When the US Air Force shot down some suspected Chinese spy balloons a couple of weeks ago, it was widely reported that one of the targets might have been a much more harmless amateur radio craft. The so-called pico balloon K9YO was a helium-inflated Mylar balloon carrying a tiny solar-powered WSPR beacon, and it abruptly disappeared in the same place and time in which the USAF claimed one of their targets. When we covered  the story it garnered a huge number of comments both for and against the balloonists, so perhaps it’s worth returning with the views of a high-altitude-ballooning expert.

[Dave Akerman] has been sending things aloft for a long time now, we think he may have been one of the first to put a Raspberry Pi aloft back in 2012. In his blog post he attempts to answer the frequently asked questions about pico balloons, their legality, whether they should carry a beacon, and what the difference is between these balloons and the latex “weather balloon” type we’re familiar with. It’s worth a read, because not all of us are part of the high-altitude balloon community and thus it’s good to educate oneself.

Meanwhile, you can read our original report here.

The USAF (Almost) Declares War On Illinois Radio Amateurs

Every week the Hackaday editors gather online to discuss the tech stories of the moment, and among the topics this week was the balloons shot down over North America that are thought to be Chinese spying devices. Among the banter came the amusing thought that enterprising trolls on the Pacific rim could launch balloons to keep the fearless defenders of American skies firing off missiles into the beyond.

But humor may have overshadowed by events, because it seems one of the craft they shot down was just that. It wasn’t a troll though, the evidence points to an amateur radio pico balloon — a helium-filled Mylar party balloon with a tiny solar-powered WSPR transmitter as its payload.

The balloon thought to have been shot down was launched by the Northern Illinois Bottlecap Balloon Brigade, a group of radio amateurs who launch small helium-filled Mylar balloons carrying the barest minimum for a solar-powered WSPR beacon. Its callsign was K9YO, and having circumnavigated the globe seven times since its launch on the 10th of October it was last seen off Alaska on February 11th. Its projected course and timing tallies with the craft reported shot down by the US Air Force, so it seems the military used hundreds of thousands of dollars-worth of high-tech weaponry to shoot down a few tens of dollars worth of hobby electronics they could have readily tracked online. We love the smell of napalm in the morning!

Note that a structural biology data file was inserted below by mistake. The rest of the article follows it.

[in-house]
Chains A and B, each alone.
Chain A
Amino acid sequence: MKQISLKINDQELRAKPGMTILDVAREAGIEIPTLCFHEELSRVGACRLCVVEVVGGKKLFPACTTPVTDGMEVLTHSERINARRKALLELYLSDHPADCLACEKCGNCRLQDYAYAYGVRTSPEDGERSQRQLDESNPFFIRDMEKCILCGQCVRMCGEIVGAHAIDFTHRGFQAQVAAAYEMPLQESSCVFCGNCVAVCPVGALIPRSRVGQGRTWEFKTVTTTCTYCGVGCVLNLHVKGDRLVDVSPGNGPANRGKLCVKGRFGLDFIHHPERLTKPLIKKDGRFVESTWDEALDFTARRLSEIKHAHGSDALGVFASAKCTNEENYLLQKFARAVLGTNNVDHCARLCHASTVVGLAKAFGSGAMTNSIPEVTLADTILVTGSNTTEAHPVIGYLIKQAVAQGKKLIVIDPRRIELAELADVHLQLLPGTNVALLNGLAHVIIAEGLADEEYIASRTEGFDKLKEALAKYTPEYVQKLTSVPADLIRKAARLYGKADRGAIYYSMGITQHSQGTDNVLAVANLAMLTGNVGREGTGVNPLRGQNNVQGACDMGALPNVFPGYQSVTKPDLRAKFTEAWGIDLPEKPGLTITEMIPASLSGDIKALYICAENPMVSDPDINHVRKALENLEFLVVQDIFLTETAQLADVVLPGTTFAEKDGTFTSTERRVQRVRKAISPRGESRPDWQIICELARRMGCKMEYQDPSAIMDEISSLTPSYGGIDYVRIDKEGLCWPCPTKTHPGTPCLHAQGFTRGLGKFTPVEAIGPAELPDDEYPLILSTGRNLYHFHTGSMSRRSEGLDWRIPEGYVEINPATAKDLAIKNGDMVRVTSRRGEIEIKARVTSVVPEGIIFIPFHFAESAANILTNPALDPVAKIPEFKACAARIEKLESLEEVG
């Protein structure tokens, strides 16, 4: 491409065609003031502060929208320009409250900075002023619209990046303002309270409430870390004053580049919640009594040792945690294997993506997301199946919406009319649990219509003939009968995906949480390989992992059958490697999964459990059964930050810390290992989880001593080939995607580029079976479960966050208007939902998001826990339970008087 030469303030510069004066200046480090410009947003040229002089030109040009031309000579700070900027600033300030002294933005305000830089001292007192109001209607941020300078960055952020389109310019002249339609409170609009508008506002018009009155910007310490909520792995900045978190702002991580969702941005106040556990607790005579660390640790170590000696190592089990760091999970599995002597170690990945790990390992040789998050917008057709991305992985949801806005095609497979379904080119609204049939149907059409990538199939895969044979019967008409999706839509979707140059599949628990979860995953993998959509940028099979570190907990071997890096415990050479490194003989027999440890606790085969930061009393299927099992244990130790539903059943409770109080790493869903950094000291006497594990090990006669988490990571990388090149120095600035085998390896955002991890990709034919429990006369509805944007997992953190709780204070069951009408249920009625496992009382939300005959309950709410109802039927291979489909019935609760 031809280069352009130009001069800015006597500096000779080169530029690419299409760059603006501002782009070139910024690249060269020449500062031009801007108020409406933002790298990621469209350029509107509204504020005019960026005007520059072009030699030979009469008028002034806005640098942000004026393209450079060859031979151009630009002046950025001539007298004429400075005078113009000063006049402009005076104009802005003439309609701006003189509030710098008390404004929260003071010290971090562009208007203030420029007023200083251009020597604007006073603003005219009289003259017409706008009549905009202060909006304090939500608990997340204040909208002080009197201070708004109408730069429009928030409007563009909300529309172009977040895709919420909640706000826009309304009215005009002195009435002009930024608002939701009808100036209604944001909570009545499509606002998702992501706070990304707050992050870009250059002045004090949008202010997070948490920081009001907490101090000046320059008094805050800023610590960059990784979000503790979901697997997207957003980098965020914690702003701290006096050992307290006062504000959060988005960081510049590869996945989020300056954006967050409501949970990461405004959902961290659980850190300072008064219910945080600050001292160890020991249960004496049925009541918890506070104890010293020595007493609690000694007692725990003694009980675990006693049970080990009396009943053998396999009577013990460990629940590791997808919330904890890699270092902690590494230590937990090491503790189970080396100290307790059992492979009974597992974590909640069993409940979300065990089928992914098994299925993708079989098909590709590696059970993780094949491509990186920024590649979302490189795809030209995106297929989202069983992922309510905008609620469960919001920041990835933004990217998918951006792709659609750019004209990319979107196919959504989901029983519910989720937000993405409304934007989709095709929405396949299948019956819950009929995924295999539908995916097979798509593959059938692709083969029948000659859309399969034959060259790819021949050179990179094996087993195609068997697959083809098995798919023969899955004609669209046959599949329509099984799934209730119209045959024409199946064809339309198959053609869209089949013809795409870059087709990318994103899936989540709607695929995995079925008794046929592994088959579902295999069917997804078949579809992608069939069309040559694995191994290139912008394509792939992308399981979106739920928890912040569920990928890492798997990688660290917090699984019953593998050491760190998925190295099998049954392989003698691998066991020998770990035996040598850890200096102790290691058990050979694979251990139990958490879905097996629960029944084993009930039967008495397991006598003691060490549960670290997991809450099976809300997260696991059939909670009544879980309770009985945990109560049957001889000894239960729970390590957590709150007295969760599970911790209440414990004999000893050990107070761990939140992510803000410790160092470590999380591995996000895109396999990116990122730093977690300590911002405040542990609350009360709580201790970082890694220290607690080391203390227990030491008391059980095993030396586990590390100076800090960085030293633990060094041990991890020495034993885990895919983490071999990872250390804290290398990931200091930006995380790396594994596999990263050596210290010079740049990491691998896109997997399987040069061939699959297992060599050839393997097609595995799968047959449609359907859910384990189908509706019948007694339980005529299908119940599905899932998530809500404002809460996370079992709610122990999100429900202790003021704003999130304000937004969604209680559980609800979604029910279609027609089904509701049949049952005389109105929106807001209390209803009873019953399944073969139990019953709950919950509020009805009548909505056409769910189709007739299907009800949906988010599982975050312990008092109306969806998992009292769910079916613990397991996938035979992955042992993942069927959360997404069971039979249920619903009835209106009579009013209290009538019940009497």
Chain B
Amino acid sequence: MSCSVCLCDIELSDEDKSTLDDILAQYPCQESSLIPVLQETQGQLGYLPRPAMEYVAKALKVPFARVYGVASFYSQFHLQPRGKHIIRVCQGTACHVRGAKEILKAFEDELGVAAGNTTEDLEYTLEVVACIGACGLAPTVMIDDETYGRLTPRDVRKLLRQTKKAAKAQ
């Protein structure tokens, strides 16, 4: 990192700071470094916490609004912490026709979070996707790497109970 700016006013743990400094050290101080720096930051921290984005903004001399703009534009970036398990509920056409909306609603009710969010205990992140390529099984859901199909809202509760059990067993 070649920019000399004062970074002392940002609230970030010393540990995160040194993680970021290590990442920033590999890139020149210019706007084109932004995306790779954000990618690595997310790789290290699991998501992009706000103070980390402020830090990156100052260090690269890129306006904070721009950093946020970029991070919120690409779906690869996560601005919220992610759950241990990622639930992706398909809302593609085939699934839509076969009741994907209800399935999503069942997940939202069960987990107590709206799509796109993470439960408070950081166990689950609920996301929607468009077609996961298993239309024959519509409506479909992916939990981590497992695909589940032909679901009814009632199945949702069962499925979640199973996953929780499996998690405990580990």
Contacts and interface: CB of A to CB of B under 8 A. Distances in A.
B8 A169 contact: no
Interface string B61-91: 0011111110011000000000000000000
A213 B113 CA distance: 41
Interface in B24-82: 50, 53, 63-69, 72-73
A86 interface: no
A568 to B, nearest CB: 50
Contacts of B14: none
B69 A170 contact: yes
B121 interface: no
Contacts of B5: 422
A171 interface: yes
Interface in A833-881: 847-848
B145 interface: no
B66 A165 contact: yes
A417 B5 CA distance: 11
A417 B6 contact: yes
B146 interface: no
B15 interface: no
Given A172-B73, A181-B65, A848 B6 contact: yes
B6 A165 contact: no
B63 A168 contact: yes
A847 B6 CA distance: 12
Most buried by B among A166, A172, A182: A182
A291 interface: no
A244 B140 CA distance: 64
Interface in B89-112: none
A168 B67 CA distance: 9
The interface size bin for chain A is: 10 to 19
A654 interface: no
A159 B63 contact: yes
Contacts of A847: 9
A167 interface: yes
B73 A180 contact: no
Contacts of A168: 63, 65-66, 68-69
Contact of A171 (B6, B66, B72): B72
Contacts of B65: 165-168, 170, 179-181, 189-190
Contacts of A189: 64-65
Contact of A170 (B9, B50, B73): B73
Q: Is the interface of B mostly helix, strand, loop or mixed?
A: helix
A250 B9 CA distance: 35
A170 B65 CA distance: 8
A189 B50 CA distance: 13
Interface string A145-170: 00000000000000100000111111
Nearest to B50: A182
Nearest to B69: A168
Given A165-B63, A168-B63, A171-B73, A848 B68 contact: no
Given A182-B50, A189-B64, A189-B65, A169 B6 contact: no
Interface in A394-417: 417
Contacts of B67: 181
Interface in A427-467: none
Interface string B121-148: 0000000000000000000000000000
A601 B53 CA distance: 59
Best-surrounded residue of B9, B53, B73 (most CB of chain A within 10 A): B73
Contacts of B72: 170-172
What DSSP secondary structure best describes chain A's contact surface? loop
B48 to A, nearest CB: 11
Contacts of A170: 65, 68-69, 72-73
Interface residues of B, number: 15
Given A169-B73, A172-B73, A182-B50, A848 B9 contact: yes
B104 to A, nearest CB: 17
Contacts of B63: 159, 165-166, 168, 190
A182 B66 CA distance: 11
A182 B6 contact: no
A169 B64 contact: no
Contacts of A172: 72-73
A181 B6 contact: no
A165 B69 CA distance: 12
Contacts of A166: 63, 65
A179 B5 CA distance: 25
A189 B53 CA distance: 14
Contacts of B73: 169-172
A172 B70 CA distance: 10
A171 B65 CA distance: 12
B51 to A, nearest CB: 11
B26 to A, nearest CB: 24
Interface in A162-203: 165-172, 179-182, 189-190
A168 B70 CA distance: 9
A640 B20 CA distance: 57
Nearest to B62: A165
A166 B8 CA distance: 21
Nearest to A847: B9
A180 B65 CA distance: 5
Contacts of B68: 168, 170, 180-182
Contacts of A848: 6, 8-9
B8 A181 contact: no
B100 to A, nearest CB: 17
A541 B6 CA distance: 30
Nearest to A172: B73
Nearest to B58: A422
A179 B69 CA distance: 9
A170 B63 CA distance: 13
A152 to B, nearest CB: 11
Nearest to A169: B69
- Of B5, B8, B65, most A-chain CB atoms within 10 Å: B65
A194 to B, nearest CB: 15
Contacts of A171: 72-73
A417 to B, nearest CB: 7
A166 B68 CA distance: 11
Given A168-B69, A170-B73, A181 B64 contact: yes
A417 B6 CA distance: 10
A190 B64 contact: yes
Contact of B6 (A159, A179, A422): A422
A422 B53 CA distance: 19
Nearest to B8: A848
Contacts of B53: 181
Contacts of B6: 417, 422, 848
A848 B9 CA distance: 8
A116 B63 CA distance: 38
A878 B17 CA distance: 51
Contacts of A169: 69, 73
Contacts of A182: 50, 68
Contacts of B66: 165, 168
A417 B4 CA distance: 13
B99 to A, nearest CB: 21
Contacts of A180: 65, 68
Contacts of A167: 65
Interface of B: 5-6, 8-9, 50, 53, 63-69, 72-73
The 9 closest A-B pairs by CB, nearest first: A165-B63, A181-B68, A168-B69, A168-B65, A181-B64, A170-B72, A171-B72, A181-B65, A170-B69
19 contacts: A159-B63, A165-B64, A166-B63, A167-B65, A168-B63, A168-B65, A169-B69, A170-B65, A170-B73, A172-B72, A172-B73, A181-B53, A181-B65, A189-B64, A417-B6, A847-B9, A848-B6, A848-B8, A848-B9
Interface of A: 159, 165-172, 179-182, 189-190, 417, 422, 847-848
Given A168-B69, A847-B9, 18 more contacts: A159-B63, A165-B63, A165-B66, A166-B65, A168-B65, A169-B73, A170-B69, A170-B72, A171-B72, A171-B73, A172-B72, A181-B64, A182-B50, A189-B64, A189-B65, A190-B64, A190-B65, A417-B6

Their website has a host of technical information on the balloons and the beacons, providing a fascinating insight into this facet of amateur radio that is well worth a read in itself. The full technical details of the USAF missile system used to shoot them down, sadly remains classified.

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Hackaday Links: February 12, 2023

So, maybe right now isn’t the best time to get into the high-altitude ballooning hobby? At least in the US, which with the downing of another — whatever? — over Alaska, seems to have taken a “Sidewinders first, threat identification later” approach to anything that floats by. The latest incident involved an aircraft of unknown type, described as “the size of a small car” — there’s that units problem again — that was operating over Prudhoe Bay off the northern coast of Alaska. The reason that was given for this one earning a Sidewinder was that it was operating much lower than the balloon from last week, only about 40,000 feet, which is well within the ceiling of commercial aviation. It was also over sea ice at the time of the shootdown, making the chance of bothering anyone besides a polar bear unlikely. We’re not taking any political position on this whole thing, but there certainly are engineering and technical aspects of these shootdowns that are pretty interesting, as well as the aforementioned potential for liability if your HAB goes astray. Nobody ever really benefits from having an international incident on their resume, after all.